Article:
KNOT CATCHING FISH
After guiding schools of fishing clients, I was amazed by how many fishing experts and newbies can’t tie a proper knot. Clean and strong knots are a must if you actually plan to catch a fish. There are a ton of great books and videos that will assist you. Practice makes perfect.
Here are some important tips that will help you break off fewer fish. When I teach knot tying, I start with colored cords and a large fake hook. A pair of scissors can also make for a good “hook eye.” Men especially need to see the knot come together in order to understand it. It’s our A.D.D. thing. Regular fishing line is hard to see and too fine to learn with. Gradually shift from the cord to smaller pound test lines as you practice. Saliva is a great way to add traction and control to your fingers.
Here’s how to tie the most common “Clinch Knot:”
- Thread the cord through the large hook eye or thumb hole on your scissors. Give yourself a few extra inches.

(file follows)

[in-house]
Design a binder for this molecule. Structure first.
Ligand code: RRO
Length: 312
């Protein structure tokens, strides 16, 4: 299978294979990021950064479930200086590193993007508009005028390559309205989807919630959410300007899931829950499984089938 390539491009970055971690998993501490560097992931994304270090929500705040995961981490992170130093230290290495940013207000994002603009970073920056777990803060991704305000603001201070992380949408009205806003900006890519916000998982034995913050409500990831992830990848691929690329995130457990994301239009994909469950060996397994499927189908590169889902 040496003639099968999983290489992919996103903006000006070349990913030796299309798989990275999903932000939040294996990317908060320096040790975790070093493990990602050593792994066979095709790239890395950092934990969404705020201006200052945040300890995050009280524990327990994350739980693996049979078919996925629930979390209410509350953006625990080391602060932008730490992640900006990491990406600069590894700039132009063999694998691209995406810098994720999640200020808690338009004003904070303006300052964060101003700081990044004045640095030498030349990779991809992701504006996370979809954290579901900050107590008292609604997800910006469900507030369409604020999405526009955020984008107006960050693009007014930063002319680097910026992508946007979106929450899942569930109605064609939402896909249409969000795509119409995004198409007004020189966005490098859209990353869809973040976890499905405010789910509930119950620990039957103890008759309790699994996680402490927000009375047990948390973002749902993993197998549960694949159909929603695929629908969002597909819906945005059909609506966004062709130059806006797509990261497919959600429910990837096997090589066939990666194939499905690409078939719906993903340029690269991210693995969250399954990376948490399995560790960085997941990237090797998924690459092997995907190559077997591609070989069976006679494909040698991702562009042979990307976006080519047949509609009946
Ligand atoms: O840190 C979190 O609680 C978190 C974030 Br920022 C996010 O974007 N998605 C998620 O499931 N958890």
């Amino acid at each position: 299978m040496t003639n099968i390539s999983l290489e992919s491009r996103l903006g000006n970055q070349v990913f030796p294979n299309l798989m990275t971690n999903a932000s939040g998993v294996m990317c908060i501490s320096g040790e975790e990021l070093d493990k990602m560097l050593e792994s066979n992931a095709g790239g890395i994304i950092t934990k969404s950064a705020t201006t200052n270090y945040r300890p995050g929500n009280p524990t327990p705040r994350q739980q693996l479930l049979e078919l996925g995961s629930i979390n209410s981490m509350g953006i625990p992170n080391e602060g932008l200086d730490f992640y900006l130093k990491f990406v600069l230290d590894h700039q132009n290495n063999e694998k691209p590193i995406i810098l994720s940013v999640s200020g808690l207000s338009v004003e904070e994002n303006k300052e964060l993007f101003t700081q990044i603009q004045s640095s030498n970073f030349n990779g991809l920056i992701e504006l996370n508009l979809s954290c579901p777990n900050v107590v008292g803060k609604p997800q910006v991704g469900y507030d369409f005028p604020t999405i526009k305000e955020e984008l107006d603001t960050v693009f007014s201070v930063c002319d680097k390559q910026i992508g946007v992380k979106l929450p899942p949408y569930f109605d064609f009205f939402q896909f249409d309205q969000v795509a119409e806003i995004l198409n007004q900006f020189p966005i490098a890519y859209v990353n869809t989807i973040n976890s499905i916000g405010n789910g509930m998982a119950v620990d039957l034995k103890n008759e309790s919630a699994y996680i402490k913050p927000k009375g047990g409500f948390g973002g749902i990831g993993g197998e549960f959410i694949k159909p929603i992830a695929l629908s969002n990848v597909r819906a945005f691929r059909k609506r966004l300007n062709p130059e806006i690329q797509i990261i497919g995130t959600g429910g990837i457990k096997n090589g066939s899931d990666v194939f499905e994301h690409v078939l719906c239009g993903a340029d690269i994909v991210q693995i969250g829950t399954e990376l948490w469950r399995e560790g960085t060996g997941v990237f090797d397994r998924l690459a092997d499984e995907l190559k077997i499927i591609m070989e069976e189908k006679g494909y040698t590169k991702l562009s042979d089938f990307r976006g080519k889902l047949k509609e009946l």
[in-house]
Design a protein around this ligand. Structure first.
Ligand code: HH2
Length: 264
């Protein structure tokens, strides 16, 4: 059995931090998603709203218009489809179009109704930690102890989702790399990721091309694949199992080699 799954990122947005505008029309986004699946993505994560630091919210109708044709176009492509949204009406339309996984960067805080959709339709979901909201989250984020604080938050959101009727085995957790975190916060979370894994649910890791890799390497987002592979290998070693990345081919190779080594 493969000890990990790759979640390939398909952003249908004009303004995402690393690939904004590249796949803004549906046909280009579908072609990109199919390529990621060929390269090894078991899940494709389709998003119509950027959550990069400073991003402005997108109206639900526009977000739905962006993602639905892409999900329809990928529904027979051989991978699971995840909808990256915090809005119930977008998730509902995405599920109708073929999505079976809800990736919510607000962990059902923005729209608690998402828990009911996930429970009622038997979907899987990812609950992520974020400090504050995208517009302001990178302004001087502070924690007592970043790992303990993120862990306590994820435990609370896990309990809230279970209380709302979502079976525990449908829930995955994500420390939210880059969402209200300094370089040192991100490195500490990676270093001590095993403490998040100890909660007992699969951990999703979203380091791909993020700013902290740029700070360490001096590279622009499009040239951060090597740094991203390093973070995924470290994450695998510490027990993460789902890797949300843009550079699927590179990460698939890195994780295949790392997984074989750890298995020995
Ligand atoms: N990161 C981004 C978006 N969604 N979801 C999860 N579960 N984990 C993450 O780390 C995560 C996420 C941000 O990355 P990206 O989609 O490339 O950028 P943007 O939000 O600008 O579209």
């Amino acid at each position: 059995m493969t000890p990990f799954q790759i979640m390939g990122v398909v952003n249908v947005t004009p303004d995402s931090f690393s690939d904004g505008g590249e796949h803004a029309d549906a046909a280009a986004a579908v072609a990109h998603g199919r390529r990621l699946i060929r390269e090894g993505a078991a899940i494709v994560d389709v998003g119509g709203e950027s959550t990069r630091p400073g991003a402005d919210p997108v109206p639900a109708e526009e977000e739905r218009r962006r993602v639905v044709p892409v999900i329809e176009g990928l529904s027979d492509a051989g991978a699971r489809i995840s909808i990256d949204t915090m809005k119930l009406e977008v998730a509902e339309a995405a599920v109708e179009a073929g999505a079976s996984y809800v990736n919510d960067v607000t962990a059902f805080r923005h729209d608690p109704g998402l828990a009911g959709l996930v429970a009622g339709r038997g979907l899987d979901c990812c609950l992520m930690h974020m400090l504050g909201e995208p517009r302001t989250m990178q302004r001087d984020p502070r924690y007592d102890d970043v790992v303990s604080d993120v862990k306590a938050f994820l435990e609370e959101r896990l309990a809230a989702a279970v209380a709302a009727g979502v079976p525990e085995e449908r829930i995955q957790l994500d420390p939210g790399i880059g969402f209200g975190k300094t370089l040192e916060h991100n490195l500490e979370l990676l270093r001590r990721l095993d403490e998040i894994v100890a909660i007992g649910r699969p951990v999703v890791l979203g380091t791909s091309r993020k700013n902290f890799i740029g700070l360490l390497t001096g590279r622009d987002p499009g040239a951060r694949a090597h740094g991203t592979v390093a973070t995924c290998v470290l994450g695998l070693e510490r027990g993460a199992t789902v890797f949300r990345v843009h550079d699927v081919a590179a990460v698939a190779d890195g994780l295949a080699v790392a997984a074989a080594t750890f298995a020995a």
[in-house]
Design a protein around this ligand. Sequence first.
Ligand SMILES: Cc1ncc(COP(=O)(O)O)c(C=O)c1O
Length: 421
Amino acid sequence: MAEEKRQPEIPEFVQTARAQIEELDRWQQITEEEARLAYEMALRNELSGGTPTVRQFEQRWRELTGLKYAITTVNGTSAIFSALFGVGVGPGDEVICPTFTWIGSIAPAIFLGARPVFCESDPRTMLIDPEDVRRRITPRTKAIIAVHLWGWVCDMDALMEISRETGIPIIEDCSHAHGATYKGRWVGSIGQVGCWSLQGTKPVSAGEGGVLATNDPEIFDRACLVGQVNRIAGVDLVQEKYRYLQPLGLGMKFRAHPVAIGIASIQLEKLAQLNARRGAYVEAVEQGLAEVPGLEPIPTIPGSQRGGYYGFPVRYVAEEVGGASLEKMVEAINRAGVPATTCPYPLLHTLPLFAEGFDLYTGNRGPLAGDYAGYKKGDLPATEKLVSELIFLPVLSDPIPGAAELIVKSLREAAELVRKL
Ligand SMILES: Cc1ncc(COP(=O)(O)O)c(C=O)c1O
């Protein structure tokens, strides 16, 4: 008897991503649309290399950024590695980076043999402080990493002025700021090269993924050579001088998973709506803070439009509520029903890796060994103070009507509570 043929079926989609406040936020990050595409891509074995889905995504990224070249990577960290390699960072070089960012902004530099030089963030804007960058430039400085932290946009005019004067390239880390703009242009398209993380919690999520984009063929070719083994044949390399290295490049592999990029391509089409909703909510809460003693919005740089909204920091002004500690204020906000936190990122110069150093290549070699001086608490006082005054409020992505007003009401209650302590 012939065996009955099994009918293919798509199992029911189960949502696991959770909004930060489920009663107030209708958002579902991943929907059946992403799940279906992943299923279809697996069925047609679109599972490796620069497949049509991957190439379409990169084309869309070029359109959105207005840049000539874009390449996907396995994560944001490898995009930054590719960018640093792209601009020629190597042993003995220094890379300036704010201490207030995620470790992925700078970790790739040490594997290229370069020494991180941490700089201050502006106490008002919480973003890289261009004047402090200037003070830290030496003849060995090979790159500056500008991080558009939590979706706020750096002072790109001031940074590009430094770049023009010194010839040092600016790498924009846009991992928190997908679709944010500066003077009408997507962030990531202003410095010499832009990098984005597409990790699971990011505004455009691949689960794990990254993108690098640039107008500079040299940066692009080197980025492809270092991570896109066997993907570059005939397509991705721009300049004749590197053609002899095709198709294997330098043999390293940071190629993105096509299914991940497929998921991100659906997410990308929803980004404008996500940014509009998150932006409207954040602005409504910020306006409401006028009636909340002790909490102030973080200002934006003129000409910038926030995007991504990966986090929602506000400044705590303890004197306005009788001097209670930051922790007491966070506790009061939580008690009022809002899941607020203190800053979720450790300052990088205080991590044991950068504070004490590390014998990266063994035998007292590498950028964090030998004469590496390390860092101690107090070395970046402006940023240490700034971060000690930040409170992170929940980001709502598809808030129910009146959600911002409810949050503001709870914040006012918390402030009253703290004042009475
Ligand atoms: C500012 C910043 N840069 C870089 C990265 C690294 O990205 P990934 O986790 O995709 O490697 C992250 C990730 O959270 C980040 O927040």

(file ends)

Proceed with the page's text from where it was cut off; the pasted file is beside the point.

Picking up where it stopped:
- Wrap the cord around itself seven times plus once for good luck.
- Thread the cord end back through the loop you created just above the hook eye.
- When using real fishing line, lick the knot before pulling it tight. Friction creates heat which weakens line.
- Always use sharp clippers, not your teeth, to cut off the excess tag end. I leave a little end hanging out.
- Test your knot strength and inspect. If it doesn’t look or feel right, tie it again.
If vision is an issue, use “cheaters” or some type of magnifying light to help. There are a ton of great products on the market. In low light or darkness, I use a red light to see what I am doing. This way I don’t ruin my night vision or scare the fish away.
Always check your line and knots for wind knots, abrasions or nicks. If you suspect a problem, re-tie your knot or get rid of the damaged line. If you don’t, I guarantee the next bite and break off will be from Moby Dick!